Stop harassing former Presidents
THE tendency by new ruling parties or new Presidents in Africa to persecute their predecessors is extremely retrogressive.
There is a pattern that has emerged where new Presidents engage in trashing the legacy of their predecessors, accuse them of massive acts of corruption, and prosecute them while seeking to consolidate their new power gained.
For any students of history, you immediately recognise that this is a well-trodden path – burn and destroy the legacy of your predecessor and rise on their ashes!
We have seen this tendency in the sub-region where former Presidents have been targeted, nations have been divided, supporters pitted against one another in the name of fighting corruption.
What this does is to scare leaders to leave office when their terms come to an end. We have seen in Africa where Presidents begin to engage in processes intended to unconstitutionally extend their terms, fearing what would happen if they left office.
Off course my strong take has always been that leaders, whilst in office, must use the time to promote national development and stay away from pilfering or plundering national resources.
However, pursuing them after they have left office is a sheer waste of valuable time, valuable time that should be used on implementing policies that promote national development and national unity.
While cooperating partners may cheer us on, and even deploy resources in the so-called fight against corruption, they never do this in their own countries, never arrest their former Presidents or Prime Ministers for perceived crimes done while they held office.
Coming to Zambia, we saw this with; Frederick Chiluba pursuing Kenneth Kaunda, Levy Mwanawasa pursuing Frederick Chiluba, even Michael Chilufya Sata pursuing Rupiah Bwezani Banda.
These so-called anti-corruption exercises ended up in utter failure because they were implemented in a targeted manner, were selective and were done for purely political expediency to promote parochial, narrow and political interests.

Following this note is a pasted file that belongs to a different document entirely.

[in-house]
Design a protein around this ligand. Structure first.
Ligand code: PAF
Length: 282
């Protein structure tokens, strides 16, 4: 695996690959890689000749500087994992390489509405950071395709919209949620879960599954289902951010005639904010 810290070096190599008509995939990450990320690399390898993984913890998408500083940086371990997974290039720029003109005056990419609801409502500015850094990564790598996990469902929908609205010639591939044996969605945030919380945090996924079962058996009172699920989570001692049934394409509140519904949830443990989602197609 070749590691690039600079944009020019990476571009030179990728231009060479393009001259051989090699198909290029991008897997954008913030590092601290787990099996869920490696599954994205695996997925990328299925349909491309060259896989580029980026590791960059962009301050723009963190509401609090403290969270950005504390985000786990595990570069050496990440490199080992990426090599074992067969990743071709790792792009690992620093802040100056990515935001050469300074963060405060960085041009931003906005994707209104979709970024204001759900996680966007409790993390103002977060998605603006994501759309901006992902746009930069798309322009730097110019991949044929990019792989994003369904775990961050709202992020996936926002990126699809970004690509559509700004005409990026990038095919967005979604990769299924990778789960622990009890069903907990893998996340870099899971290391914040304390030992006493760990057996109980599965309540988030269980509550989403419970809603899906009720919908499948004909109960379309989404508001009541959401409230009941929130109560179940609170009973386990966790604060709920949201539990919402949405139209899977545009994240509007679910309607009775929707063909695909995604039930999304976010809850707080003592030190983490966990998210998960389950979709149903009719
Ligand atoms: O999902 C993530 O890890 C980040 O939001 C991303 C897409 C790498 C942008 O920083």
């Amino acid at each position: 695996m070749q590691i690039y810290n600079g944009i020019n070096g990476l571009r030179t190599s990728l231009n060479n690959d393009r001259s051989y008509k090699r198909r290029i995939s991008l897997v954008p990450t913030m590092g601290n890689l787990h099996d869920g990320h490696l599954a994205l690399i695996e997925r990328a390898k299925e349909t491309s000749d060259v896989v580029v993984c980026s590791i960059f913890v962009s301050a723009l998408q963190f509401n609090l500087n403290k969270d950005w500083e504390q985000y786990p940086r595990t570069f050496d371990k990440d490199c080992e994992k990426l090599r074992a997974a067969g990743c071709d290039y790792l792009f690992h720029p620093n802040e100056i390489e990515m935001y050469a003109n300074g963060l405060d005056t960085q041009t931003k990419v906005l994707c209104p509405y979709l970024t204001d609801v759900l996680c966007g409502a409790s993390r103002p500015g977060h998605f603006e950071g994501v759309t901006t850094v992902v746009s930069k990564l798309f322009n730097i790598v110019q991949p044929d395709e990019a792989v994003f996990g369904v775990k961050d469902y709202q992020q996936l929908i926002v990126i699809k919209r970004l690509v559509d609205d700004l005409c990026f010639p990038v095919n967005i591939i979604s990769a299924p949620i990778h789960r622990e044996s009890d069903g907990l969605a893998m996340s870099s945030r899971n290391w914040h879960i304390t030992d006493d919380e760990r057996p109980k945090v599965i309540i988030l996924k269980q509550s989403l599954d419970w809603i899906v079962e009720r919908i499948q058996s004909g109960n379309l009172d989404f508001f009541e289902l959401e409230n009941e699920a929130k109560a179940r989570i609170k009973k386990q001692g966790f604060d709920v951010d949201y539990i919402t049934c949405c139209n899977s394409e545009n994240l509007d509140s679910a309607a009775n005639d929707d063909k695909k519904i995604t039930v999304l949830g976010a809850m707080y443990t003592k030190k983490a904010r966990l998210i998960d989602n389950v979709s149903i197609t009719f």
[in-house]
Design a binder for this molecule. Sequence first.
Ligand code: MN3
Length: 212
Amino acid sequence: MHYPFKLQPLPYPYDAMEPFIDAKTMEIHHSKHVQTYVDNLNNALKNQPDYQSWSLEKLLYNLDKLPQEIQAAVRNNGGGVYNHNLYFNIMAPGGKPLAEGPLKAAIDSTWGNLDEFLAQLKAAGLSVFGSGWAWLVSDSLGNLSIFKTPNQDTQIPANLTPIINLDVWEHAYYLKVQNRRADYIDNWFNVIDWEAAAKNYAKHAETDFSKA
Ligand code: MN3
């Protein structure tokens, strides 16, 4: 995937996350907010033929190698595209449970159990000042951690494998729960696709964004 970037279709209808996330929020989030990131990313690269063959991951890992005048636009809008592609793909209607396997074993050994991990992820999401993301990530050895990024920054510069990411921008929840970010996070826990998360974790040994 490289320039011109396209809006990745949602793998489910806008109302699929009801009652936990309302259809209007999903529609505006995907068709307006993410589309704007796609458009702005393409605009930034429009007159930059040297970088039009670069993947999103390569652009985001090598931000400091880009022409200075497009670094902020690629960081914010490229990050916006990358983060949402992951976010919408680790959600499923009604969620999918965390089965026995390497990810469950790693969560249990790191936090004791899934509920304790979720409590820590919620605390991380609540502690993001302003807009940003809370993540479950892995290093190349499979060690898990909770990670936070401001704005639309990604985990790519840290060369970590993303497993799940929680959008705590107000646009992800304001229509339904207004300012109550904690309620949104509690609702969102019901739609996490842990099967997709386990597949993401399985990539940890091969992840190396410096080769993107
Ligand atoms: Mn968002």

If we are serious about fighting corruption, let us strengthen anti-corruption institutions, deploy preventive mechanisms, plug leaks of public resources, implement annual recommendations of the Auditor General and Public Account Committee, review the procurement laws and regulations, and strengthen oversight institutions.
We can’t concentrate on one single aspect of fighting corruption – prosecution only – to secure public resources.
It has to be a comprehensive approach.
It is in this light that the manufactured calls to have the constitutional immunity of President Edgar Lungu must be rejected as they will do nothing to advance the cause of national development, national unity and the very fight against corruption.
The approach is designed to punish the former President for political purposes only.
As we have seen in the region, this approach has not yielded anticipated results but divided public perceptions about the true intention of pursing former Presidents.
We have walked this path before.
In the past we wasted precious public resources and destroyed institutions instead of building them.
We had officers travel to the United States of Americs, England, Switzerland, Dubai, Belgium, and other countries pursuing “stolen” public resources.
To recover stolen resources, we engaged FBI, Scotland Yard and others, and these yielded acres of news articles but no resources were ever recovered.
In fact, what happens is the corruption occurring during this period, is let to pass and measures to secure current public resources are abandoned.
We are walking the same path.
I am not saying let’s not fight corruption. I am saying let’s fight corruption in the correct way, and in a comprehensive manner including prosecution.
Fighting corruption must not start and end with prosecutions.
My appeal to the new government and to President Hakainde Hichilema is to focus on pursuing national development, creating employment, dismantling the debt burden, resolve bottle-necks hindering rapid economic growth and promote national unity.